Four-seam sits 94-97 MPH and touches 98. Explosive late life and defined hard cut action in all reaches on varying velocity bands. Pitch jumps and hops on bats, though he can struggle to get on top of pitch at times. Flashes hard downhill action and sink when on. Intense cut action and explosive when working north, showed ability to work east-west with pitch and disrupts hitter's timing. Potential 7 grade pitch if fully actualized at the highest level, will play effectively regardless of future utility.
Slider sits 86-89 MPH, lacks prototypical tilt and horizontal sweeping depth. Hard downward 12-6 depth. Varies and can play with depth, orients to more rounder and softer rotation at times. Able to effectively get on top of pitch and utilize to armside and flashes ability to work more horizontally to gloveside at times. Manipulates and varies depth for strikes and through zone. Potential 6 offering with put-away pitch potential.
Changeup sits 82-85 MPH. Varying arm speed and replication and extension, shows flat with minimal and inconsistent action at times. Flashes quality fading depth and run with arm speed replication. Feel is underdeveloped at present with potential to have offering actualize with greater development on feel. Lacks present utility of pitch consistently. Can develop behind utility of four-seam and spin and has the potential to become a 6 grade pitch.
Curveball sits 83-84 MPH. Arm action not conducive for increased depth of spin. Rounds heavily from release with soft rumbling rotation, feel poor with inconsistent release and slot replication. Pops to armside frequently. Well below average potential utility.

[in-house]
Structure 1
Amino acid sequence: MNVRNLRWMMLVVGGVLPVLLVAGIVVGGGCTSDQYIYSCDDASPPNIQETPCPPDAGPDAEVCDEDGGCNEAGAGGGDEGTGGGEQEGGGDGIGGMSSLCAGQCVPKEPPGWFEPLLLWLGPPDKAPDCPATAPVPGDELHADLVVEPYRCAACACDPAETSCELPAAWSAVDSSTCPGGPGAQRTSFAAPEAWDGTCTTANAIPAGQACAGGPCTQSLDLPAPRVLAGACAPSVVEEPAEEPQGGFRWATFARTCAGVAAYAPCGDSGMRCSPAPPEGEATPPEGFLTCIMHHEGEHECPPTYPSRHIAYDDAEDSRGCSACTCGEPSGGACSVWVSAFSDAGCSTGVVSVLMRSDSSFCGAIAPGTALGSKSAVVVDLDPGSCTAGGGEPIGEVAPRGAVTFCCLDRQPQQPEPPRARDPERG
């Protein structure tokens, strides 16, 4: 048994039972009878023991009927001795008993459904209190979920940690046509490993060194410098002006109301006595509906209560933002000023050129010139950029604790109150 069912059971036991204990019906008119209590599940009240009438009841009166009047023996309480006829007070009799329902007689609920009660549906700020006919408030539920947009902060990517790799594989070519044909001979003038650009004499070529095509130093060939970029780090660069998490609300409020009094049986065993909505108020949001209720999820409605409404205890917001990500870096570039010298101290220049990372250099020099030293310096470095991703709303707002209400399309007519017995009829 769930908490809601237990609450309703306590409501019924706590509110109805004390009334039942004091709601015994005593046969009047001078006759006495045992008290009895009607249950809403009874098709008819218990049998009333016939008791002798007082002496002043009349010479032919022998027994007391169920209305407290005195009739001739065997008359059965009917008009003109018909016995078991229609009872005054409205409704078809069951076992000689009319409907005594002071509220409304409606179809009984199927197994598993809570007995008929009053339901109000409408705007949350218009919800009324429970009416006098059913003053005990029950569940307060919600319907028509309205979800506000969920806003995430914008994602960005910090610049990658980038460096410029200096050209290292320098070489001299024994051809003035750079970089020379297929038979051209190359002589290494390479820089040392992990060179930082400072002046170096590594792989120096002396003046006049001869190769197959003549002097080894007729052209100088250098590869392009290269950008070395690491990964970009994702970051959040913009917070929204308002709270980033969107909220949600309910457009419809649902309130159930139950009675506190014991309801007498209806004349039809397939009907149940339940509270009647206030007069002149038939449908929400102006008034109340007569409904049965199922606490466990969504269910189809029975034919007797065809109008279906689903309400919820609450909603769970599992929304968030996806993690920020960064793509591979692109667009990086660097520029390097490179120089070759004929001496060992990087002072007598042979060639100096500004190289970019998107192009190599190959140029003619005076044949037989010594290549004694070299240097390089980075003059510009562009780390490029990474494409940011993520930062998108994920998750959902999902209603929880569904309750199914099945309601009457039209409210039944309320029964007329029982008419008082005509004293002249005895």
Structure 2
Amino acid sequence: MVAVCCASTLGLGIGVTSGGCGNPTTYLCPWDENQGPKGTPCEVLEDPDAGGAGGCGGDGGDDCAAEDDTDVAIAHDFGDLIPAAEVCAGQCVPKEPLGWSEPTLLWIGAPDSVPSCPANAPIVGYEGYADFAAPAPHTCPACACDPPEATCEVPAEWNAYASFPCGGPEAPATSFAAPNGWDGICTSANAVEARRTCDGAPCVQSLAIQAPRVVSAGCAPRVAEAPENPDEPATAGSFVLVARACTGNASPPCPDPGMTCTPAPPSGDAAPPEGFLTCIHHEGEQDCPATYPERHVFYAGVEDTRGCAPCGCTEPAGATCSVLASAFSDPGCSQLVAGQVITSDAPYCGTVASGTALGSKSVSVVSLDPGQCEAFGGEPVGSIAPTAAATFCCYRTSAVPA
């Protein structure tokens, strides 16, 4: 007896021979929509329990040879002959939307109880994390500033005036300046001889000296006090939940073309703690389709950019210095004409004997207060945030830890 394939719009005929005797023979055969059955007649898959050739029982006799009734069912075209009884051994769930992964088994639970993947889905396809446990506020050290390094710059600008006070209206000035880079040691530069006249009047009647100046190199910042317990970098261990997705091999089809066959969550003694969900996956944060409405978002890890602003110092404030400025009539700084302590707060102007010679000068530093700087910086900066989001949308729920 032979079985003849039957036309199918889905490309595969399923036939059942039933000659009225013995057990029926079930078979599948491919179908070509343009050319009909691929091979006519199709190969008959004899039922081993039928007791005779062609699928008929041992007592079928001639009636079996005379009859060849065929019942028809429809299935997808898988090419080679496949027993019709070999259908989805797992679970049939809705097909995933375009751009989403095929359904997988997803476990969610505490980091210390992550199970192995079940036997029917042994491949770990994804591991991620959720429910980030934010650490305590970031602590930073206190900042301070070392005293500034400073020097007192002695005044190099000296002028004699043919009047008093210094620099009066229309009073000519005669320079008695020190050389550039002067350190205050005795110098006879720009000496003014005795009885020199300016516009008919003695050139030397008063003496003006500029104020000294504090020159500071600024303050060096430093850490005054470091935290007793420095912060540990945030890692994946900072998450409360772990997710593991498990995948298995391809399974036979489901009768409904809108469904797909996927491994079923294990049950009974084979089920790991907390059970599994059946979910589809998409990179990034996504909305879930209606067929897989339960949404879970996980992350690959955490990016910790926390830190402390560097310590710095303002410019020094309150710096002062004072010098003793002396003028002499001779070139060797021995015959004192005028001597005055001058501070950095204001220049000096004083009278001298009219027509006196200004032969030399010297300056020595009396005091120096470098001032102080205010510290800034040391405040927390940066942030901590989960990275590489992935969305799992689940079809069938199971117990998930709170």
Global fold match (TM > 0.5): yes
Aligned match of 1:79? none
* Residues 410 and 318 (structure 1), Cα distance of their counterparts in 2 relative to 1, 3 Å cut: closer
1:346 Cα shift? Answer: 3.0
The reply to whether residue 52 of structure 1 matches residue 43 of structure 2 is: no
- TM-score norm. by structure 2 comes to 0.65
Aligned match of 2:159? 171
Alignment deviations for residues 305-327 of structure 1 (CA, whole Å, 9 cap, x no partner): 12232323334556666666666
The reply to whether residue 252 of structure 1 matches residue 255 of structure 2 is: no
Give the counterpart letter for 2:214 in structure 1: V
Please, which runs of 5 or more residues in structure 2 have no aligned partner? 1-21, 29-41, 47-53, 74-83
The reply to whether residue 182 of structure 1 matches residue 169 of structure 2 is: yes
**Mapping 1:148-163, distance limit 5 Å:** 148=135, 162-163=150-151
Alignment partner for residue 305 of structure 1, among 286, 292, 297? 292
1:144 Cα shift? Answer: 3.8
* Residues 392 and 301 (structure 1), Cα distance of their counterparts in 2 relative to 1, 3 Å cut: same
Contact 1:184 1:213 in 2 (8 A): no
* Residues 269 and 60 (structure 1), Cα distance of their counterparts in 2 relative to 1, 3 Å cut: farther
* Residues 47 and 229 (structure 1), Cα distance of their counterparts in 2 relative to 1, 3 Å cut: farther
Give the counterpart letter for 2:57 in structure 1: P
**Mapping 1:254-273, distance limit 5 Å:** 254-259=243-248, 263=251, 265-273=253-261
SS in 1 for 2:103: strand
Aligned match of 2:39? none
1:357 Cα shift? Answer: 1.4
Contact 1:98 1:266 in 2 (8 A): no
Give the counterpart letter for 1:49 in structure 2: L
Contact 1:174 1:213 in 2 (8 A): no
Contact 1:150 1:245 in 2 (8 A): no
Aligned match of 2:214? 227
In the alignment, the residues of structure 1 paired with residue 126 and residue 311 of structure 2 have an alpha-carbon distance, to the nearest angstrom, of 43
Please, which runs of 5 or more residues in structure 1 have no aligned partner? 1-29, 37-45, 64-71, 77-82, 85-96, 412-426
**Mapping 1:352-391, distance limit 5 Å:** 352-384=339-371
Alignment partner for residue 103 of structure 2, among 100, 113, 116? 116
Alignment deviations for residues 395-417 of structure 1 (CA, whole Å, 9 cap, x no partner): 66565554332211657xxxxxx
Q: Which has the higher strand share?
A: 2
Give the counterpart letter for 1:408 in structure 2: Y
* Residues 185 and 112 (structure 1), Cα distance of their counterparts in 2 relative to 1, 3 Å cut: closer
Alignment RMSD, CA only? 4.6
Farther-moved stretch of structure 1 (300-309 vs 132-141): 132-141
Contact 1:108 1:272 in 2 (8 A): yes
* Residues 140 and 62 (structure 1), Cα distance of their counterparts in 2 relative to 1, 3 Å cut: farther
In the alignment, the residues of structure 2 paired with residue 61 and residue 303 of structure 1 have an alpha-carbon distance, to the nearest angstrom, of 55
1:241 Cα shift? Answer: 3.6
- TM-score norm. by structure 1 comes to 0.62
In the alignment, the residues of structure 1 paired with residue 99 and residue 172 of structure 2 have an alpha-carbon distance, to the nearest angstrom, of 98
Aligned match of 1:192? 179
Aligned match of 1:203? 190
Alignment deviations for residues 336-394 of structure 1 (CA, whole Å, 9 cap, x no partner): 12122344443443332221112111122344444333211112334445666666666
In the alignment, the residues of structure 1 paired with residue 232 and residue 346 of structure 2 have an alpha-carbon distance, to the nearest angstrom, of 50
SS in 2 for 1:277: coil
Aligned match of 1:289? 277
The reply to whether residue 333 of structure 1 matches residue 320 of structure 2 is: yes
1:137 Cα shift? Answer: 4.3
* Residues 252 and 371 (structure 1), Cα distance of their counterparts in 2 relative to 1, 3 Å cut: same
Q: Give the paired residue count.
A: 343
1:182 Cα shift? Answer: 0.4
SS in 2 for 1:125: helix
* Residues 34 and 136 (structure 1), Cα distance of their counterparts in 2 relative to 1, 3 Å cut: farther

Physicality and durability enough to facilitate value within a rotation capacity. Extreme risk at present to achieve ceiling with high risk frame and high probability for body to become soft, stresses on shoulder increase potential for road bumps if genetics not in favor. Realistic 5 grade rotation arm. Floor is late inning reliever.
Obviously there is plenty of reason to be excited about Cody Ponce. He features a high-octane fastball and potentially a plus slider and changeup, giving him a starter's repertoire. His current build should hold up to the demands of pitching 160+ innings year in and year out if he can maintain or improve his athleticism, which he's shown he is working towards this spring.
According to Kusiolek his realistic ceiling is in the middle of the rotation, but of course that could improve if Ponce can bump his command up to the next level or improve his lagging curveball as a potential fourth offering. There is plenty of risk involved of course, but a projected floor as a late-inning reliever means that he should very likely have some future value at the big league level.
Kusiolek has expressed to me that he believes Ponce is better prospect than Kodi Medeiros or Devin Williams, both of whom are also considered top pitching prospects within the organization. Front-line pitching is rare and hard to come by throughout baseball, but personally I think Cody Ponce has as good a chance as any in the system to become a premium arm in the starting rotation. He should begin the 2016 season in high-A Brevard County and given his collegiate background, he could begin to fly though the system on his way to becoming a top 100 prospect beginning this year if everything "clicks." Cody Ponce is someone whose development I will be keeping a very close eye on in 2016.
Statistics courtesy of Fangraphs